Our brains are clued to our actual world. ALL predictions will fail. Maybe all GPS-satellites will be destroyed in one second by the sun? Cars won't fly but airplanes will stop.

But I bet that the field of music could be one of the effectives fields to improve the "first" generation to come of what we call artificial intelligent.

There is of course no intelligence implemented in a scoring software, even if you use a midi keyboard for input.

Ok, the first thing to work on will be to get the right thresholdlevel for my strummings, then I generate a midi-event and will get the slash notation for my eyes after some work.

Thanks for helping! Sorry for my mobile one-finger-touch-display with lots of mistakes... :)
Edited by Neronick on 30-09-2016 08:50
Was born in an analog world.
posted on #4
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Joined: 25.03.12
You are absolutely right about our brains being clued to the outside world. But IMO this is done by our brains actually simulating the world and our interactions are with this simulated model, not the real world per se. Our sensory input is foremost a means of updating this model, not something that is acted directly upon except in emergency situations.

That means that our view of the world is totally biased by the structure of our internal model. That's why our predictions fail amongst others. (The best example would the comment of a Swedish politician who stated that "the internet is just a passing trend"!!. So do not take my predictions too seriously.

There are a number of mechanisms that could break a trend. Mostly the enthusiasm of individuals. Today's global communities make a perfect hotbed for that. And together with crowdfunding this can spin of some very exciting development
Pure fingerstyle
posted on #5
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Posts: 246
Joined: 19.08.13
Ok, I am off-topic now but I wouldn't share your enthusiasm about the internet-hype to build a better world. In contrary this is the best and latest example how to spoil and abuse a new idea to old greed.

The rich are getting rich and the poor are kept poor. Maybe you know my song with these lyrics. :)

The middle class fades away. Have a look at Frankfurt/Main!

The human race can build rockets, cars, tunnels and bridges. They couldn't find a solution for the social question in the last 10000 years and it will not be solved in the next 2000 years to come.

The internet is a tool to keep the social question unsolved, too.

It's a new idea of an old brain. No reason for any hope of a better world. Let's face the facts and do the best with it. :)
Was born in an analog world.
posted on #6
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It has not much to do with the internet itself but with the ability to share ideas and give feedback. And you are right that it mostly is gainful for the already rich.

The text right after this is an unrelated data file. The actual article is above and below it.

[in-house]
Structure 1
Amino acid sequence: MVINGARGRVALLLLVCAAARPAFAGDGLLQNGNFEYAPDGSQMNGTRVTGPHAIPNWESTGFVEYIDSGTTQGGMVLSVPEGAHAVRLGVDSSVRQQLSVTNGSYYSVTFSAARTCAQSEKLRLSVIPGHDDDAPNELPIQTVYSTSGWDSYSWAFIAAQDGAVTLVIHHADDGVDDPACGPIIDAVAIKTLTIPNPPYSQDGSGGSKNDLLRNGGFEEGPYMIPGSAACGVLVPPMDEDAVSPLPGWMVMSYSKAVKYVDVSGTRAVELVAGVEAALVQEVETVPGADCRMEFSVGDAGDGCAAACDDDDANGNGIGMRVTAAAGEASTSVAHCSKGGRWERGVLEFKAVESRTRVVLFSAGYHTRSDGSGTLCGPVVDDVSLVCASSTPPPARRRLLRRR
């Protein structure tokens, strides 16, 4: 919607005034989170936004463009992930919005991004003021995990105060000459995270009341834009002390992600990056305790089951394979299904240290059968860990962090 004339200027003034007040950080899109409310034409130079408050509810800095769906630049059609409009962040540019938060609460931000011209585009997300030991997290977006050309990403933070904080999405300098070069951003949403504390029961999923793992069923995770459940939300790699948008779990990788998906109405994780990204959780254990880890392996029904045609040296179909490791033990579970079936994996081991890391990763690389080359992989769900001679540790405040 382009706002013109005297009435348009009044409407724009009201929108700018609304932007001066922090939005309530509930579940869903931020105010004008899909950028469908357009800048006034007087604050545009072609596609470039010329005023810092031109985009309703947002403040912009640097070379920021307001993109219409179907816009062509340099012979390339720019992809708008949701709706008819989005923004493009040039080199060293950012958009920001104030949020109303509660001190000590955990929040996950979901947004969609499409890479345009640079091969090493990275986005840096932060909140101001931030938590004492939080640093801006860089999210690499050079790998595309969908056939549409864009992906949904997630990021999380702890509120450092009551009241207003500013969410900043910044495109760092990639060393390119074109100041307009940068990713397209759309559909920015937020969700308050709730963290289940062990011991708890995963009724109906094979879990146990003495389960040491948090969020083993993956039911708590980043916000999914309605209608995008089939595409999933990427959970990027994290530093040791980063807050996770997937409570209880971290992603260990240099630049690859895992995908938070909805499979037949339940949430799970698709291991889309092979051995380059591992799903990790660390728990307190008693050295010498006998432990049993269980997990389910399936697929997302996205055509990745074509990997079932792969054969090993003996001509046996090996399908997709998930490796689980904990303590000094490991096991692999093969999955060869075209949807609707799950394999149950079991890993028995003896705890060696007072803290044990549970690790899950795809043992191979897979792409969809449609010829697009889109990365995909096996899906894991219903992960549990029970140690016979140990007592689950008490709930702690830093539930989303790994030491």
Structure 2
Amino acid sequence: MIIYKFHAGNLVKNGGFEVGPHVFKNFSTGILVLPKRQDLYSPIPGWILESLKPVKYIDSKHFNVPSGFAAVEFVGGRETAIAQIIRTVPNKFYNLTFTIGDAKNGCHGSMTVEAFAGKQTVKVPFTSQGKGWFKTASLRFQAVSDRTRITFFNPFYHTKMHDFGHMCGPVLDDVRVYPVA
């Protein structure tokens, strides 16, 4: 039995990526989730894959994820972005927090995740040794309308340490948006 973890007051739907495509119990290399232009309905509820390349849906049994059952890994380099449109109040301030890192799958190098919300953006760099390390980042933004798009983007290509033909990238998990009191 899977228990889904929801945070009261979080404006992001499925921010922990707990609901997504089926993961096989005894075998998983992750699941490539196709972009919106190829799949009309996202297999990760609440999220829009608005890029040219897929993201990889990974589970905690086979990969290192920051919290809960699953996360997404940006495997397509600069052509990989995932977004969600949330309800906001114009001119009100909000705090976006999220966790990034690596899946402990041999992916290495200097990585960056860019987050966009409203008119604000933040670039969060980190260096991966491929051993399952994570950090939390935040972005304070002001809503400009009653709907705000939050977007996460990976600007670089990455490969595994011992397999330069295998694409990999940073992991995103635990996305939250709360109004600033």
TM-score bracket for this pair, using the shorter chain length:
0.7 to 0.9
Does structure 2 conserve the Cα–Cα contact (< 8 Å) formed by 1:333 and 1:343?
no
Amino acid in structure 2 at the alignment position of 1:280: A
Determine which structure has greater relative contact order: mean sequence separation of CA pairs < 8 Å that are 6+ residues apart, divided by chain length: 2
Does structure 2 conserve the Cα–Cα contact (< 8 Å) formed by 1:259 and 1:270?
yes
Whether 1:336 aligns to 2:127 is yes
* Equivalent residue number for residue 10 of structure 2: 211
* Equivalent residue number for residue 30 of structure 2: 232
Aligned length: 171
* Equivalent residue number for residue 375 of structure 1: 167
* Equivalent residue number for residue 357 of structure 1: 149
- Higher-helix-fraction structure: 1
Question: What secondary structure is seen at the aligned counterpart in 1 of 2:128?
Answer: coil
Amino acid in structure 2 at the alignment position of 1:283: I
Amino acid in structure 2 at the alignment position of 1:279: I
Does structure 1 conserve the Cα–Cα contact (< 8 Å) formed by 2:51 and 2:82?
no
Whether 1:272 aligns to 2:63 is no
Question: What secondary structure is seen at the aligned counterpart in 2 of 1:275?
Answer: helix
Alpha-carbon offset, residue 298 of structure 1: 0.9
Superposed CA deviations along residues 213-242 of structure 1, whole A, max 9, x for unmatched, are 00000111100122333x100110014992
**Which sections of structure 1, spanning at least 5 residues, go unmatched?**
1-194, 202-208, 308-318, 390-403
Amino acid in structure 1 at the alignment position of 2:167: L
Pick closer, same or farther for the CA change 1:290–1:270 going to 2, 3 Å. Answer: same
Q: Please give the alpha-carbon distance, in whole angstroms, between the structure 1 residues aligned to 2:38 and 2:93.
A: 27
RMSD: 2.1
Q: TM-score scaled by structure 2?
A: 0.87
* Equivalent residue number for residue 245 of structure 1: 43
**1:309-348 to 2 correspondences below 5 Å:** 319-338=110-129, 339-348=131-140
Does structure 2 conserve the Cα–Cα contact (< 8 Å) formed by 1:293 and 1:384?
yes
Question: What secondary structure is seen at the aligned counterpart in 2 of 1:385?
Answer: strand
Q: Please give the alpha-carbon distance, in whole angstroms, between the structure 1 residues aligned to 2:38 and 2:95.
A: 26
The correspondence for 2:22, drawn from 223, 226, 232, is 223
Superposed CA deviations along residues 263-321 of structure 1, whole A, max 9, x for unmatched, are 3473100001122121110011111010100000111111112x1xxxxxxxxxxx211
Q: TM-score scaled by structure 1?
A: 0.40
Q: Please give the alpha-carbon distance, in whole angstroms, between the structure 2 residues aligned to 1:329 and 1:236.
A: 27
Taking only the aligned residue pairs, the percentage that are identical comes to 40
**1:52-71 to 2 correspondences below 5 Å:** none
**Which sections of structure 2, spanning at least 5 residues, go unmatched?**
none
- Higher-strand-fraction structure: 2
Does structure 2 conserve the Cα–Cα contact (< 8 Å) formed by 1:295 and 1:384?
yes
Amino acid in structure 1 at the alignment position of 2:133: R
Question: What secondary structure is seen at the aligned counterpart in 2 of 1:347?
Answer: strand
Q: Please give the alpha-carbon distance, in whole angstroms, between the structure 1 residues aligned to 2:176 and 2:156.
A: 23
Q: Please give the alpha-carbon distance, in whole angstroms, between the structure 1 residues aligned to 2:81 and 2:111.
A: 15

But there are new mechanisms emerging enabling people to develop their ideas outside the established structures. The whole maker movement is a good example. Sadly enough this has attracted so much attraction from the capital/establishment so that it tries to capitalize on this movement and thus influencing it very negatively. But nonetheless the movement is there and very interesting ideas keep emerging.

All this will lead to new and useful products eventually, and many of them developed outside the current establishment of universities and product development. But this development is more dependent on enthusiasm and the will to share than on capital resources and therefore much harder to predict. Overall development will also be slower than in the commercial world except for hotspots, but quality will often be higher.

I think one of the best examples of this is the Linux operating system.
Pure fingerstyle
posted on #7
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Not very accurate and not in real time is Riffstation, I use it sometimes for notating very fast and atonal licks cause it has a slowdown function.
In most DAWS, but also not in real time, you can render audio to midi and from midi to standard notation is an easy one,
Melodyne does a better job but all have troubles with polyphony.
posted on #8
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This very much confirms my statemens before.
If you need a tool with good slowdown and transposition functionality i can recommend [url=https://www.seventhstring.com/xscribe/overview.html] Transcribe [/url]

Another good example of development off mainstream
Pure fingerstyle
posted on #9
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didn't know bout that one Nilton,sure gonna try that one out,thanks!